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Charlotte Amalie
Tuesday, January 19, 2021
Home Story Series Budget Crisis The V.I. Budget Crisis: How Did We Get Here, How Do We...

The V.I. Budget Crisis: How Did We Get Here, How Do We Get Out?

Part 1 of a Series on The V.I. Budget Crisis

The V.I. government is at a crossroads. Along with this year’s $110 million deficit, the USVI is facing ongoing structural deficits of around $170 million per year out of a locally funded budget of around $850 million. It has outstanding debt of more than $2 billion, not counting the debts of the government-owned Water and Power Authority, which is also struggling financially. It has a $3 billion unfunded pension liability with the pension system projecting it will cease being able to pay full pensions by 2023. And for the first time, after two rounds of ratings downgrades in less than a year, lenders have refused to buy V.I. government bonds, making it very difficult to smooth over the gaps.

As the noose tightens, the government has stopped putting money into its pension system – a system that was already projected to stop being able to make full pension payments in just a few short years. It has reduced payments to vendors, putting basic functions at its landfills at risk, stopped paying income tax refunds, held back income tax refunds, chronically underpaid on its utility bills. The V.I. Police Department has drastically cut overtime.

About the only things not under consideration are for the governor or commissioners to take a cut in pay, or for the governor to stay someplace cheaper than the Ritz Carlton, which Gov. Kenneth Mapp has vehemently and indignantly rejected. (See: Mapp Announces More Potential V.I. Austerity Measures in Related Links)

Some financial analysts have begun to express concern the territory is not on a sustainable path and will eventually have to restructure its debt. Ratings agencies have downgraded V.I. debt twice in the past year. The debt is the total amount of outstanding borrowing, while the deficit is the annual shortfall. If the deficit can be eliminated the debt will take care of itself in time.

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Wednesday, March 22, Gov. Kenneth Mapp signed tax increases on beer, liquor, sodas and timeshare rentals aimed at reducing the structural deficit and reassuring bond markets the territory is on the right track.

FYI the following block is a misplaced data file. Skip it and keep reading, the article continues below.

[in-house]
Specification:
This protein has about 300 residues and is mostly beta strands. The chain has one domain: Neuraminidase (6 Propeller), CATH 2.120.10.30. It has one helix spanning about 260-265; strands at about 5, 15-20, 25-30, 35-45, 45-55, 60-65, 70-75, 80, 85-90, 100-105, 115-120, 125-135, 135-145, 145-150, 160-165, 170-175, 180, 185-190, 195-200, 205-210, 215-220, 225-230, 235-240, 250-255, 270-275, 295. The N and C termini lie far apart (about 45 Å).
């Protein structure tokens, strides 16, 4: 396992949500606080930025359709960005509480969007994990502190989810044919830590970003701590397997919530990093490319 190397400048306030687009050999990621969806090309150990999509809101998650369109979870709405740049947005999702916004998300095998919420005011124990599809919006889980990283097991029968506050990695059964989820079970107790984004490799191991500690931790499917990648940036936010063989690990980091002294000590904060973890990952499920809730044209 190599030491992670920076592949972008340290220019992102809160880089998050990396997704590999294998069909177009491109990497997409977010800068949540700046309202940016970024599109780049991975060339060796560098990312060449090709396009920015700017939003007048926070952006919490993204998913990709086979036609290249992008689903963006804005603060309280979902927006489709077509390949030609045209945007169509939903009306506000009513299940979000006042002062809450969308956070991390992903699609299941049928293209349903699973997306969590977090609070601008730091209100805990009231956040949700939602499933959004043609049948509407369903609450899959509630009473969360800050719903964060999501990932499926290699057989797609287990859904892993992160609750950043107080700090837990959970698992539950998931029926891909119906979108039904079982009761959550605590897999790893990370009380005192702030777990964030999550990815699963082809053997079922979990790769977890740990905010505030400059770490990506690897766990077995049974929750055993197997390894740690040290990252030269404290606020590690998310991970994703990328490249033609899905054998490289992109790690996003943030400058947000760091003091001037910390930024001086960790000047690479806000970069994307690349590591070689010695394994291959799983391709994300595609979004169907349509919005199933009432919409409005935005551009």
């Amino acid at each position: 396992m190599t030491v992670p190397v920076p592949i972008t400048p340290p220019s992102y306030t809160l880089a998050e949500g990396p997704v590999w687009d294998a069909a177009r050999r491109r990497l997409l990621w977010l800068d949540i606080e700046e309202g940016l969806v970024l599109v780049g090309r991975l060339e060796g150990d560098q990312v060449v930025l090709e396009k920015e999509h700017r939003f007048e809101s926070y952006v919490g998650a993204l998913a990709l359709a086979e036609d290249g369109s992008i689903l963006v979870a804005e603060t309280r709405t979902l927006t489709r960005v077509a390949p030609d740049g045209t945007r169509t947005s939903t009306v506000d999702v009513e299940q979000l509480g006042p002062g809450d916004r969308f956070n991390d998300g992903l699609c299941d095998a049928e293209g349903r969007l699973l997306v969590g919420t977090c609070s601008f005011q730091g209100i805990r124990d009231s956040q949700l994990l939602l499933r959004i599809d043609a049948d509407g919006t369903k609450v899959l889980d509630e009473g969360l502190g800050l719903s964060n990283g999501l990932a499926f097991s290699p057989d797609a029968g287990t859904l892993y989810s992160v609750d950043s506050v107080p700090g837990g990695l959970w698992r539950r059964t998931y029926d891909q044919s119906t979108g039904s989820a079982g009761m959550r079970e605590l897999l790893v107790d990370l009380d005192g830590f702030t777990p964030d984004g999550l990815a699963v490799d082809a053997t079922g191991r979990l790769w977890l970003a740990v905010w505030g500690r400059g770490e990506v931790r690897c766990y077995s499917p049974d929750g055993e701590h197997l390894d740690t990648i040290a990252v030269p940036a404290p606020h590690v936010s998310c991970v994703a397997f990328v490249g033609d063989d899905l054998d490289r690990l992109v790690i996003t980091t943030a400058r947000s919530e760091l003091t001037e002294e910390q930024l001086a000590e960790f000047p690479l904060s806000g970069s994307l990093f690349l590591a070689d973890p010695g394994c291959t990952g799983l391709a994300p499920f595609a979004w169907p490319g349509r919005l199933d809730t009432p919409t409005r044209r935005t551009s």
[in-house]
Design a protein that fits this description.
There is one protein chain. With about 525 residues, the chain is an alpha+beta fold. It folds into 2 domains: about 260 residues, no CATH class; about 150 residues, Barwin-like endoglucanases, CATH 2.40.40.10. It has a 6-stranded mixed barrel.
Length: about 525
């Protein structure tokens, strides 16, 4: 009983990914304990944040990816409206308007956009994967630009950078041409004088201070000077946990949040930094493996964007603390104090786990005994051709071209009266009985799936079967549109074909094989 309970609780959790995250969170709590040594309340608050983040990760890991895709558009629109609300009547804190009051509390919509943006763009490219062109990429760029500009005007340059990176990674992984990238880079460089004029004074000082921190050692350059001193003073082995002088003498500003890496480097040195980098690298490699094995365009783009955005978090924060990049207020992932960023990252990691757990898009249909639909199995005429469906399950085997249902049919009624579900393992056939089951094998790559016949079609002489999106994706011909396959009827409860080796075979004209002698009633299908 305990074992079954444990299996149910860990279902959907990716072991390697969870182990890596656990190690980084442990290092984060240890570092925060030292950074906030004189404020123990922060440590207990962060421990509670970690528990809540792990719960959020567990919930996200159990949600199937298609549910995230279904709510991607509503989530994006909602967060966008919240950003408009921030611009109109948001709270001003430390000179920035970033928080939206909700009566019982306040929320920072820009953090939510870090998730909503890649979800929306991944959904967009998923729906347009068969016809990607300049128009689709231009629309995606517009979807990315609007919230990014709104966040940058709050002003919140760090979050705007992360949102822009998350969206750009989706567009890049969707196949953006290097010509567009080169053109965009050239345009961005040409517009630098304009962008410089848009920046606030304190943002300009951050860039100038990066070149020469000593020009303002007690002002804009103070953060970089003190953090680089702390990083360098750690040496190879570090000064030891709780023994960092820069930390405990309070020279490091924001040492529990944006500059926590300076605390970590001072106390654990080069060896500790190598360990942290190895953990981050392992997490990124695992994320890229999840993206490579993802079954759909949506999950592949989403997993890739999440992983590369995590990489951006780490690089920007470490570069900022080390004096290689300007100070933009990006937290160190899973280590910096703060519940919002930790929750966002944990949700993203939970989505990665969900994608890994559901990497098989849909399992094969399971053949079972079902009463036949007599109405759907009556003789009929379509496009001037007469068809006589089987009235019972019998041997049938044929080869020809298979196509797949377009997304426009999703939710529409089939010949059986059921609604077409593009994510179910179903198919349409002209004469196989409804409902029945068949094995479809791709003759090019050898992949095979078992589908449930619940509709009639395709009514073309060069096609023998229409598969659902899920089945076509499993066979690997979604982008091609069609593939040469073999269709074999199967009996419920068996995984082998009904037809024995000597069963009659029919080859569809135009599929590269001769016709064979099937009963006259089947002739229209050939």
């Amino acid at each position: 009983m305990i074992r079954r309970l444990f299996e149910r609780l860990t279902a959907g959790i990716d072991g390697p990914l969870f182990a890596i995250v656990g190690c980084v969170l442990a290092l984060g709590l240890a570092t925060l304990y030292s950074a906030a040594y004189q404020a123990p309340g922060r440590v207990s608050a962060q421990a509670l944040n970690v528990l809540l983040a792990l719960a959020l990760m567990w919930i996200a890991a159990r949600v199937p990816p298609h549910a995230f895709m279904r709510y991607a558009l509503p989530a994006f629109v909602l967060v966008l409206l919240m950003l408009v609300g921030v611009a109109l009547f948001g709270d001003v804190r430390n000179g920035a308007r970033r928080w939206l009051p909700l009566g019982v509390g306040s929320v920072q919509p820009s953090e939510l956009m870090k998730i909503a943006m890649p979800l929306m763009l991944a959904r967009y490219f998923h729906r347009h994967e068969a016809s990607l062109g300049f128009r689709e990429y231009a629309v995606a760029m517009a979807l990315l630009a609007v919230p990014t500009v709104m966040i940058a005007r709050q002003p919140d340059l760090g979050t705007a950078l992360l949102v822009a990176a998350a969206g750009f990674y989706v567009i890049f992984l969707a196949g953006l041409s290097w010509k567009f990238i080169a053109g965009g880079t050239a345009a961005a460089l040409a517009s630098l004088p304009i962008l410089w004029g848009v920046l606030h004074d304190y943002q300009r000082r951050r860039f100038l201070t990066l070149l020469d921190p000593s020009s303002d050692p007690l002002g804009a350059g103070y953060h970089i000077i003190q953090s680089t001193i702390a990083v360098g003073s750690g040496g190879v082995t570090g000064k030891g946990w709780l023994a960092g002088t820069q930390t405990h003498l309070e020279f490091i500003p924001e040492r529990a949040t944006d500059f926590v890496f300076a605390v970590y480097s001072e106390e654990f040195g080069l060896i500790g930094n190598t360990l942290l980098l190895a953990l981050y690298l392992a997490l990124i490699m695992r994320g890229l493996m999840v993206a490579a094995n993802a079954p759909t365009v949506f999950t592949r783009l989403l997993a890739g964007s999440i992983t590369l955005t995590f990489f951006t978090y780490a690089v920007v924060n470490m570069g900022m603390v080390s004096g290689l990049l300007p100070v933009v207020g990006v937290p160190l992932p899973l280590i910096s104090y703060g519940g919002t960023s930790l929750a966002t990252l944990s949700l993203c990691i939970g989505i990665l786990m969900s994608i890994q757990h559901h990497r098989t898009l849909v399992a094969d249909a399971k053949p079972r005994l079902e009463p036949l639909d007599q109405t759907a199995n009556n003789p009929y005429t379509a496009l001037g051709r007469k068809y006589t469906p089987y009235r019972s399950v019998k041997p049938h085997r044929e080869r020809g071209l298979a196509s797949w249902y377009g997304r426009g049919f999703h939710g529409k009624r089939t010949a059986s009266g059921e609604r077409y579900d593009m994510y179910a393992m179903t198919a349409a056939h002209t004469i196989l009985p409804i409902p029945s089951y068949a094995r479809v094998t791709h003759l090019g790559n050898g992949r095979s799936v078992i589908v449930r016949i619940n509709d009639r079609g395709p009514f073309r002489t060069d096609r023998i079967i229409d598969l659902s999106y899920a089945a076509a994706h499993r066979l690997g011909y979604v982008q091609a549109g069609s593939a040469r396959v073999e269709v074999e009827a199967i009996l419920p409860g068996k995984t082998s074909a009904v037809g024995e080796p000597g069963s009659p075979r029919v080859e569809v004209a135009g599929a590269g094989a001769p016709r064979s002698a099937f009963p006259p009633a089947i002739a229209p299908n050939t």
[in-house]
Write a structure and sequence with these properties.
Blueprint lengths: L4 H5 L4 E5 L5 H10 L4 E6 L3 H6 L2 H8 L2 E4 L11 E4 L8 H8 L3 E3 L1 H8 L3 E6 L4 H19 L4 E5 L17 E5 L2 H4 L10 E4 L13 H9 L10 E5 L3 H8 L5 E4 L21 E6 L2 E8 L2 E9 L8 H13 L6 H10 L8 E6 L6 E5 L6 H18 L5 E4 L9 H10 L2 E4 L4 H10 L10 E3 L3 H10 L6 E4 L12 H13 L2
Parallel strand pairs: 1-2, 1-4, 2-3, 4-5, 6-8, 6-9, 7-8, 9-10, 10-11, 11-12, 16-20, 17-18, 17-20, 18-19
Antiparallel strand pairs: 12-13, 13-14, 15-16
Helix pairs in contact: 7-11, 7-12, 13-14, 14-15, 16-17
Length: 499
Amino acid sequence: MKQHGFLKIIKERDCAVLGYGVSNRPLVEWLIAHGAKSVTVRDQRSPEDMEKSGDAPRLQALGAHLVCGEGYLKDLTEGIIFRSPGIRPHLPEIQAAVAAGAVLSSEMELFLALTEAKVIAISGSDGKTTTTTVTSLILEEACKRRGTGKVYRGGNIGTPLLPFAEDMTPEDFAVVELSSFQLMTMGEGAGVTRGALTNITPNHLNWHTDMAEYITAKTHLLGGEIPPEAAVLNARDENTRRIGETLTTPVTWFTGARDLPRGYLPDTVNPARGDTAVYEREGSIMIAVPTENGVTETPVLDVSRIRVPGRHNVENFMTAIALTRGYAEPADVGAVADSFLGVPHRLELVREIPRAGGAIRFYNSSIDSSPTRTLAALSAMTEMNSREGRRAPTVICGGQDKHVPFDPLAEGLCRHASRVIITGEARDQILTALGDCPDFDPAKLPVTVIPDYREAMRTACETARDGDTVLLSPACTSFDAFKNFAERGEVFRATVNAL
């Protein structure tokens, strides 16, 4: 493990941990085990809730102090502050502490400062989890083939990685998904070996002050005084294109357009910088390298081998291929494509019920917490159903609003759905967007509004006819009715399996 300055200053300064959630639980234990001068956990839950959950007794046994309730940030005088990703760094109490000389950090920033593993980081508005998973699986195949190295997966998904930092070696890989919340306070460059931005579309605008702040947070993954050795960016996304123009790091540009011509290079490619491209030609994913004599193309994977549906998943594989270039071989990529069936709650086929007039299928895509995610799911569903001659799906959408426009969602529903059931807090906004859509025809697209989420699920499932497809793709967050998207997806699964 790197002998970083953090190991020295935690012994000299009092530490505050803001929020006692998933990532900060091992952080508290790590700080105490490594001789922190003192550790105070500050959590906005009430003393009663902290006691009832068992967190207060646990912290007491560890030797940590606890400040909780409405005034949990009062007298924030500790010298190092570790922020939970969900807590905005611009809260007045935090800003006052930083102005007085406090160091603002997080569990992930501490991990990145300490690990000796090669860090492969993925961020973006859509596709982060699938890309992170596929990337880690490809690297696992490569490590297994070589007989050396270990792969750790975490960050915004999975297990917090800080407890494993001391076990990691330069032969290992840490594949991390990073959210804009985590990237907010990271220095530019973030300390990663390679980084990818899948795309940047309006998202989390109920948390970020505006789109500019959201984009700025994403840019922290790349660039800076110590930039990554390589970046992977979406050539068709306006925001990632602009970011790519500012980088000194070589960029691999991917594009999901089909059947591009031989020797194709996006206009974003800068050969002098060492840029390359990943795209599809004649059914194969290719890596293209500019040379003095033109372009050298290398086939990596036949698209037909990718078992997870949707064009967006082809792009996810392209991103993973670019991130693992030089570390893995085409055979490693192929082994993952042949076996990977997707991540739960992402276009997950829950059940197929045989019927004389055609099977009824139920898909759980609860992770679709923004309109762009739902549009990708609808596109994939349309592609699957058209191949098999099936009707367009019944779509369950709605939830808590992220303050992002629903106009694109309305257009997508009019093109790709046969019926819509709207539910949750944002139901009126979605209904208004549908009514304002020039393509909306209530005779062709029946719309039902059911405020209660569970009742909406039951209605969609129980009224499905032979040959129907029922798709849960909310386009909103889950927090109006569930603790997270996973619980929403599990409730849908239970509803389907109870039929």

How did we get here and what can we do about it? If you ask a Virgin Islander on the street, you may hear about government waste, officials living high on the hog and a bloated bureaucracy. Some point to the closure of the Hovensa refinery and its impact on revenues. Is that it? Mapp administration officials often emphasize a large increase in total V.I. government indebtedness over the past decade, seeming to point the finger at the previous administration of Mapp rival Gov. John deJongh Jr. What is the truth?

To try to get a clear and direct look at the territory’s finances and budget history over time, without the filter of potentially biased political officials, the Source compiled data on the territory’s revenue, spending and borrowing since the 1980s. We looked at the executive budgets submitted from 2004 through 2017, which also include historical information. We looked at bond offerings from the 1990s to now, which contain debt and revenue information too. Some data came directly from the federal government. Some came from the V.I. Public Finance Authority.

Part 1: How Did We Get Here?

Budget Director Nellon Bowry told senators in 2015 that deficits have plagued the government for at least the last 20 years.

Figure 1: V.I. Government Debt and Revenues, 1991-2016 (Click on image for larger view)
Figure 1: V.I. Government Debt and Revenues, 1991-2016 (Click on image for larger view)(Data Compiled by Bill Kossler from historical V.I. government budget proposals and other V.I. government sources)

“Left unattended, this annual deficit has morphed from a manageable $9.2 million as recently as FY 2006 to a fiscally frightening peak of $577.6 million in FY 2010. Accelerated first by the Great Recession of 2008 and later by the closing of Hovensa refinery, the accumulated General Fund deficiency for the five fiscal years between FY 2008 and FY 2013 totaled approximately $1.5 billion; an annual average of almost $300 million. The root causes of this structural imbalance have not been proactively addressed. Rather, the annual shortfalls have been financed by ad hoc combinations of inter-fund transfers and by formal and informal debt,” Bowry said in 2015.

The data largely back Bowry up.

See Figure 1: V.I. Government Debt and Revenues, 1991-2016

But debts did not begin in 2006 and there have been large deficits before 2006 too. That increase was largely a continuation of a long-term trend. Debt also doubled in the previous eight years, from $530.5 million in 1998 to $1.1 billion in 2006.